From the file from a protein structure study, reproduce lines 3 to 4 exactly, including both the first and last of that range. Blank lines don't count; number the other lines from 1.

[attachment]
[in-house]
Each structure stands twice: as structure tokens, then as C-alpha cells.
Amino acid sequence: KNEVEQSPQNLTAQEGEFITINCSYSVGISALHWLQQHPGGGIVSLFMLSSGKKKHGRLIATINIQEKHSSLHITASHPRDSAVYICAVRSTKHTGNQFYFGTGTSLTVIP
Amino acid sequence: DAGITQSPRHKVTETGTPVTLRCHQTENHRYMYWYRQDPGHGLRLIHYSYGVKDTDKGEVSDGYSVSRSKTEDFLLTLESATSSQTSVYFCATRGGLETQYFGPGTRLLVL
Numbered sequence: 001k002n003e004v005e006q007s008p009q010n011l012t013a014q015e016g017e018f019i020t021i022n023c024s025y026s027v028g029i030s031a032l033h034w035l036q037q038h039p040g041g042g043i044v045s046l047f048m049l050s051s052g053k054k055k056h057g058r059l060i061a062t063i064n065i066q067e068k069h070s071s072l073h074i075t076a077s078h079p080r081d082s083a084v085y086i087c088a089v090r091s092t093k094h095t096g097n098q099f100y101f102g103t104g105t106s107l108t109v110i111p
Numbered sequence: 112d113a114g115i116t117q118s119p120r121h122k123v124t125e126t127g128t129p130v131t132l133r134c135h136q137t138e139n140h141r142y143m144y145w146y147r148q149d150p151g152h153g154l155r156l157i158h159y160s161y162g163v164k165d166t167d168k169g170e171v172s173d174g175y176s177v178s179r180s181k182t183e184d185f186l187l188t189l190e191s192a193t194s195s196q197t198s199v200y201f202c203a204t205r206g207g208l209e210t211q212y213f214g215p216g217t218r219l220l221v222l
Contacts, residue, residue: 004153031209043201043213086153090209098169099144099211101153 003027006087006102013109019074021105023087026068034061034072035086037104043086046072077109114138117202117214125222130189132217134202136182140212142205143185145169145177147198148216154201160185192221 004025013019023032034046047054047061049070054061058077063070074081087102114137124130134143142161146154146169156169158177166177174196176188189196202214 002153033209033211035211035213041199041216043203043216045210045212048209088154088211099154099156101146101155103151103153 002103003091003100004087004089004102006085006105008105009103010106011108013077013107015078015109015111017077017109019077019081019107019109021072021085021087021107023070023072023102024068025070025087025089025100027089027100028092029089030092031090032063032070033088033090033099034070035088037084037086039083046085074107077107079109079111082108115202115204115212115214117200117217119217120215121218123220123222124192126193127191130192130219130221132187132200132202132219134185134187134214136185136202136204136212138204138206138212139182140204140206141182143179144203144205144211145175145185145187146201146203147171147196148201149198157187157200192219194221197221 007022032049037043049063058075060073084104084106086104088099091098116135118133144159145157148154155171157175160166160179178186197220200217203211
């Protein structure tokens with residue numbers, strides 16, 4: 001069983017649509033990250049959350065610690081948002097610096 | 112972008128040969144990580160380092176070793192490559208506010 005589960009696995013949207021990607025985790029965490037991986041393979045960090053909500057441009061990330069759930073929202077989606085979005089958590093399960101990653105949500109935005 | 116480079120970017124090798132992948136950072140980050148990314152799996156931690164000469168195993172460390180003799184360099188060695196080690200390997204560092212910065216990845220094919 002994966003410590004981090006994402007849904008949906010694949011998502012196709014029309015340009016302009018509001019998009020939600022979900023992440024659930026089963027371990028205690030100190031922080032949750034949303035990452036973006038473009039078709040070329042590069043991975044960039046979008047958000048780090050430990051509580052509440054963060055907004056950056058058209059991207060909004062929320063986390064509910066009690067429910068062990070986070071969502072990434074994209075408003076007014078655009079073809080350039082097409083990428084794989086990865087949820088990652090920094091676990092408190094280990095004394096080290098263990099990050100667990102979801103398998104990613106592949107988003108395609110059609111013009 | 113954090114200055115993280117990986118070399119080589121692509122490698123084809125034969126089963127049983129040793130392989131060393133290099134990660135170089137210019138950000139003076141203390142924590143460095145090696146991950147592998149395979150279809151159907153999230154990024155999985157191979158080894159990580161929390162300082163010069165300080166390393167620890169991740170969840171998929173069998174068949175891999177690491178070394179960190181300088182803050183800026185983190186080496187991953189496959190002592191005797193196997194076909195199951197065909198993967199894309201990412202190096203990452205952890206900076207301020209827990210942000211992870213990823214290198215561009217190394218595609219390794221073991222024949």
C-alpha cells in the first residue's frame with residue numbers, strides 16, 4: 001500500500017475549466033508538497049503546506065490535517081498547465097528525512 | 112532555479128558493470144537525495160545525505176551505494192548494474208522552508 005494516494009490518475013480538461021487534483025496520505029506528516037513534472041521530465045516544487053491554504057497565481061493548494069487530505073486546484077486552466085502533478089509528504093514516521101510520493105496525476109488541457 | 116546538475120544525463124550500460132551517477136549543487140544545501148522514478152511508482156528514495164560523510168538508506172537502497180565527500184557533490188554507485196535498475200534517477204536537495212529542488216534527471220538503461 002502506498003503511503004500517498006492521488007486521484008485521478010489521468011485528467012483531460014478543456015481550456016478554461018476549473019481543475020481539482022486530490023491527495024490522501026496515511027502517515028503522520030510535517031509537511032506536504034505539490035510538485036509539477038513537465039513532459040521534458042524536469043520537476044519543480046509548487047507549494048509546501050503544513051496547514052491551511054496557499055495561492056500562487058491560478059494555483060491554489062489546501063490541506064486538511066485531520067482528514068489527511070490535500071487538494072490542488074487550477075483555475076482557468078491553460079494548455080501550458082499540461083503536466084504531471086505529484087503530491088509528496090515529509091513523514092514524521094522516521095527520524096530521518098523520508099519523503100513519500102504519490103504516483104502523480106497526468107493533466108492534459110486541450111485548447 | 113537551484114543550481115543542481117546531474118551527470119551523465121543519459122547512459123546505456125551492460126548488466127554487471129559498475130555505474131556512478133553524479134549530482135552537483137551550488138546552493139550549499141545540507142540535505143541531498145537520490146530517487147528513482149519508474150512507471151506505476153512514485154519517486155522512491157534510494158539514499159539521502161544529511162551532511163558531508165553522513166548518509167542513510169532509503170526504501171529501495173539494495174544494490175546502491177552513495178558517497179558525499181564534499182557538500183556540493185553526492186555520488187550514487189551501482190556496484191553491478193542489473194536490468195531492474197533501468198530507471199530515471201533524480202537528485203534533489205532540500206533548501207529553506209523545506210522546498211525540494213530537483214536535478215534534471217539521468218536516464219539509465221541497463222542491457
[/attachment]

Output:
Amino acid sequence: KNEVEQSPQNLTAQEGEFITINCSYSVGISALHWLQQHPGGGIVSLFMLSSGKKKHGRLIATINIQEKHSSLHITASHPRDSAVYICAVRSTKHTGNQFYFGTGTSLTVIP
Amino acid sequence: DAGITQSPRHKVTETGTPVTLRCHQTENHRYMYWYRQDPGHGLRLIHYSYGVKDTDKGEVSDGYSVSRSKTEDFLLTLESATSSQTSVYFCATRGGLETQYFGPGTRLLVL